In Killeen, dozens of people packed in front of City Hall, blotting sweat from their foreheads and holding signs that read, “I Am a Man” and “Black Lives Matter, always.”
Washington stood among them and spoke into a microphone.
“It’s James Reed today,” he told the crowd, “but it could be your family tomorrow.”
“Amen, brother!” a man shouted. “Talk to us now!”
Washington told the crowd that no-knock warrants must end, as should a doctrine known as “qualified immunity,” which protects police from lawsuits and allows leeway for police actions that involve split-second judgments that are made in tense situations. A disproportionate number of no-knock warrants, Washington said, are used against Black and brown people.
“They keep killing us with these tactics,” he said.
As the rally ended, Reed’s mother, Diane, asked to say a few words. With Washington standing by her side, she cried as she spoke about her baby boy —the man who most people in the community knew by his middle name, “Scottie.” She talked about how weeks before her son’s death she had a nightmare that he’d been shot inside his home.
“It came true,” she said and sobbed.
Washington looked down at the concrete and rubbed her back slowly.
It was 6 p.m. and he still had a two-hour drive from Killeen back to Dallas. His mind, though, was already on his next trip, to see Floyd.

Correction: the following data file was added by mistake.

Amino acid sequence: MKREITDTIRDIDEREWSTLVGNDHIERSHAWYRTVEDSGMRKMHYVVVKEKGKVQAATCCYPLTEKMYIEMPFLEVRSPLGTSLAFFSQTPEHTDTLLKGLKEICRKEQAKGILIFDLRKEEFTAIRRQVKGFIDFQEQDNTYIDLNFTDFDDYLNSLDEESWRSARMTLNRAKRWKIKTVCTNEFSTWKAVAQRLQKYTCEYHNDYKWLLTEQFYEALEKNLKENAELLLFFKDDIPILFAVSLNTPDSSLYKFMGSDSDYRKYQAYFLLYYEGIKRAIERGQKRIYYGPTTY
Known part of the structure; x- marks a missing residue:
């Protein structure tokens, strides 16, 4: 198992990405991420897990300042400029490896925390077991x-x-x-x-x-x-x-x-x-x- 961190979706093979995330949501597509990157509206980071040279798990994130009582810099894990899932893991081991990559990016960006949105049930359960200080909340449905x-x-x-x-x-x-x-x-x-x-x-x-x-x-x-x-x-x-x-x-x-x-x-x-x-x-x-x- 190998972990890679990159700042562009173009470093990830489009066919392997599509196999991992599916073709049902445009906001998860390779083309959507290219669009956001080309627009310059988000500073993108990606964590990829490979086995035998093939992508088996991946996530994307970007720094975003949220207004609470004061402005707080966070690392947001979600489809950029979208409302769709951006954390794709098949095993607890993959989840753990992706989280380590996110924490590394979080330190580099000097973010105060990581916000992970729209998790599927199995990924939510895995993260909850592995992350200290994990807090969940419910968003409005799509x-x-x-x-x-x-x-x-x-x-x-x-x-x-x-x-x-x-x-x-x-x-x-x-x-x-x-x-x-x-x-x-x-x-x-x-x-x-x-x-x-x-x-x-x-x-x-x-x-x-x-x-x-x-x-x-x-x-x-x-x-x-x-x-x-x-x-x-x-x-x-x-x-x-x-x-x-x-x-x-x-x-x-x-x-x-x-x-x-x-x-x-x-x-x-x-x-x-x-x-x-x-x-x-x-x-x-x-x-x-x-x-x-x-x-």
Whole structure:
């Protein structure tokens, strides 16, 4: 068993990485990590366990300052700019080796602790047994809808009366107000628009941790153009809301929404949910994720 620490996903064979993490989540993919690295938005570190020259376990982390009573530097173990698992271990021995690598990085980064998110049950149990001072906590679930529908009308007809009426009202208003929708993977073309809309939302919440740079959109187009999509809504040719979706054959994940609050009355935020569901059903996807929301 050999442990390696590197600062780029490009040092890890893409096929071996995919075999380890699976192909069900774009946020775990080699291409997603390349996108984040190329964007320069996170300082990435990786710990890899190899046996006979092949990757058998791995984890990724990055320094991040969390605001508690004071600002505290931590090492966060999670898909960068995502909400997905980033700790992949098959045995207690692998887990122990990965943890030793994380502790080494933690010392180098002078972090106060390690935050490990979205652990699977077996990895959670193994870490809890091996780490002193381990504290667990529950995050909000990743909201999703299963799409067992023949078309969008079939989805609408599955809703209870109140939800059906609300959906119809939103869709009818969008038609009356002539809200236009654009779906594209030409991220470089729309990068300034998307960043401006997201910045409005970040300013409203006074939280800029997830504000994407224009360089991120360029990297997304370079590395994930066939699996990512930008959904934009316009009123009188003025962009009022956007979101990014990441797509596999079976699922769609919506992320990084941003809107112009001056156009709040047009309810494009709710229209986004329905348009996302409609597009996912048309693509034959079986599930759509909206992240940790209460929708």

On Sunday, Washington arrived in Houston, to mark the moment Floyd had led him to, a time when the faces of strangers shared the same binding expression. He wanted to stop by a makeshift memorial with a mural. It was a short walk from Cuney Homes, the public housing project where Floyd grew up in the Third Ward.
When he arrived at the Scott Food Mart, R&B played from speakers placed on the front porches of homes nearby. Flowers and cards that read, “Love you, fam. RIP Giant George” and “Rest easy, George” lined a wall.
Washington paused. He understood that, sadly, in death, Floyd became more well-known than in life. Perhaps, he thought, change might come from it and Floyd’s memory would resonate far beyond the lifetimes of all those who had come to gather at his coffin.
As he walked through a crowd of onlookers mingling with local residents and throngs of television cameras, he spotted a lanky man with a trim beard. It was Stephen Jackson, a former NBA guard, who knew Floyd from Houston.
“We need you in this fight,” Washington told him. “The Black community needs you.”
“Most definitely,” Jackson said. “You already know.”
“We need to make sure this moment, this tragic moment,” Washington said, “leads to justice — real reform.”
Washington walked back to his car, thinking of the long days ahead of him.